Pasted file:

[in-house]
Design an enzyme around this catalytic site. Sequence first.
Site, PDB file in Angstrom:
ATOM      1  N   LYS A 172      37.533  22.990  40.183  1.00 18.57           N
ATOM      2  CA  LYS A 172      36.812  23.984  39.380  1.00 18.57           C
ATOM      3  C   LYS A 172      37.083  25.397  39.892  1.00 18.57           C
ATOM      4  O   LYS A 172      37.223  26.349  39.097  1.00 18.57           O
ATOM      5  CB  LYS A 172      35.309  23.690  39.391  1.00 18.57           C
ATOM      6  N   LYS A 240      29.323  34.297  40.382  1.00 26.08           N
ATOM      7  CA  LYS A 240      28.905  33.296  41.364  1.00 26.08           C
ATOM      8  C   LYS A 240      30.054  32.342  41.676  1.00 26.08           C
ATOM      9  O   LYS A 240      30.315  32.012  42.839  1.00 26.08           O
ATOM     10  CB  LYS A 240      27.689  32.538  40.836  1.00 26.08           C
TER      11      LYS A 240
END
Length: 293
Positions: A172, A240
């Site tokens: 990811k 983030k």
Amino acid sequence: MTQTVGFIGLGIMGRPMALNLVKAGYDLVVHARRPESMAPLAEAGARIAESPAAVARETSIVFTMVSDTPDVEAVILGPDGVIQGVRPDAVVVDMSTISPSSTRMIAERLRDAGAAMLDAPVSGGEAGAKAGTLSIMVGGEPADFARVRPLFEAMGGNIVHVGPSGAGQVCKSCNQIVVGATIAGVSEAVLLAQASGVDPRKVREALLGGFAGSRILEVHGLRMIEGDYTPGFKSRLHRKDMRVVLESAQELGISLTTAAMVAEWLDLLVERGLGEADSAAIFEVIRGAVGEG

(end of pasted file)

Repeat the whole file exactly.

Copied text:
[in-house]
Design an enzyme around this catalytic site. Sequence first.
Site, PDB file in Angstrom:
ATOM      1  N   LYS A 172      37.533  22.990  40.183  1.00 18.57           N
ATOM      2  CA  LYS A 172      36.812  23.984  39.380  1.00 18.57           C
ATOM      3  C   LYS A 172      37.083  25.397  39.892  1.00 18.57           C
ATOM      4  O   LYS A 172      37.223  26.349  39.097  1.00 18.57           O
ATOM      5  CB  LYS A 172      35.309  23.690  39.391  1.00 18.57           C
ATOM      6  N   LYS A 240      29.323  34.297  40.382  1.00 26.08           N
ATOM      7  CA  LYS A 240      28.905  33.296  41.364  1.00 26.08           C
ATOM      8  C   LYS A 240      30.054  32.342  41.676  1.00 26.08           C
ATOM      9  O   LYS A 240      30.315  32.012  42.839  1.00 26.08           O
ATOM     10  CB  LYS A 240      27.689  32.538  40.836  1.00 26.08           C
TER      11      LYS A 240
END
Length: 293
Positions: A172, A240
């Site tokens: 990811k 983030k």
Amino acid sequence: MTQTVGFIGLGIMGRPMALNLVKAGYDLVVHARRPESMAPLAEAGARIAESPAAVARETSIVFTMVSDTPDVEAVILGPDGVIQGVRPDAVVVDMSTISPSSTRMIAERLRDAGAAMLDAPVSGGEAGAKAGTLSIMVGGEPADFARVRPLFEAMGGNIVHVGPSGAGQVCKSCNQIVVGATIAGVSEAVLLAQASGVDPRKVREALLGGFAGSRILEVHGLRMIEGDYTPGFKSRLHRKDMRVVLESAQELGISLTTAAMVAEWLDLLVERGLGEADSAAIFEVIRGAVGEG